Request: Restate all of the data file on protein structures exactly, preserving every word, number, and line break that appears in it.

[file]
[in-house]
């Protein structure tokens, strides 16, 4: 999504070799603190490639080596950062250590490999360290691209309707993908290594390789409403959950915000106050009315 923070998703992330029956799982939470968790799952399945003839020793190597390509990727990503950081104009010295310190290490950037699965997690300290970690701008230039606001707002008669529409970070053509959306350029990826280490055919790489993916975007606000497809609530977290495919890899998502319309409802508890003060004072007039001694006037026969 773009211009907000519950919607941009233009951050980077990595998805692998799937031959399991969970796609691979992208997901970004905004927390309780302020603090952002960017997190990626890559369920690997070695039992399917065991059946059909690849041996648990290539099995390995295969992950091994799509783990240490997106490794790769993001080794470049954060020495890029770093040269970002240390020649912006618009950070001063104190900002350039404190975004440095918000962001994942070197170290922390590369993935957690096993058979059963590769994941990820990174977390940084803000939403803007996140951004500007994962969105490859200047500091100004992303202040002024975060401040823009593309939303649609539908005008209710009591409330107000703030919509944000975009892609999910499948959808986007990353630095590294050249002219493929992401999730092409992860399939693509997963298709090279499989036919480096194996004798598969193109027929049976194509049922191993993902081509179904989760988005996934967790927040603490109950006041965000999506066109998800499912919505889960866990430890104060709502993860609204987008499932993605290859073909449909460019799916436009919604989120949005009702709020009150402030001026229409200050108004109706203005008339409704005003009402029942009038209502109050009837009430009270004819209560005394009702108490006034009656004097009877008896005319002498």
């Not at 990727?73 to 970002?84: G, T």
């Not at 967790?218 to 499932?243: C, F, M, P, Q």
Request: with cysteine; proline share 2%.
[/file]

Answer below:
[in-house]
């Protein structure tokens, strides 16, 4: 999504070799603190490639080596950062250590490999360290691209309707993908290594390789409403959950915000106050009315 923070998703992330029956799982939470968790799952399945003839020793190597390509990727990503950081104009010295310190290490950037699965997690300290970690701008230039606001707002008669529409970070053509959306350029990826280490055919790489993916975007606000497809609530977290495919890899998502319309409802508890003060004072007039001694006037026969 773009211009907000519950919607941009233009951050980077990595998805692998799937031959399991969970796609691979992208997901970004905004927390309780302020603090952002960017997190990626890559369920690997070695039992399917065991059946059909690849041996648990290539099995390995295969992950091994799509783990240490997106490794790769993001080794470049954060020495890029770093040269970002240390020649912006618009950070001063104190900002350039404190975004440095918000962001994942070197170290922390590369993935957690096993058979059963590769994941990820990174977390940084803000939403803007996140951004500007994962969105490859200047500091100004992303202040002024975060401040823009593309939303649609539908005008209710009591409330107000703030919509944000975009892609999910499948959808986007990353630095590294050249002219493929992401999730092409992860399939693509997963298709090279499989036919480096194996004798598969193109027929049976194509049922191993993902081509179904989760988005996934967790927040603490109950006041965000999506066109998800499912919505889960866990430890104060709502993860609204987008499932993605290859073909449909460019799916436009919604989120949005009702709020009150402030001026229409200050108004109706203005008339409704005003009402029942009038209502109050009837009430009270004819209560005394009702108490006034009656004097009877008896005319002498």
């Not at 990727?73 to 970002?84: G, T």
């Not at 967790?218 to 499932?243: C, F, M, P, Q």
Request: with cysteine; proline share 2%.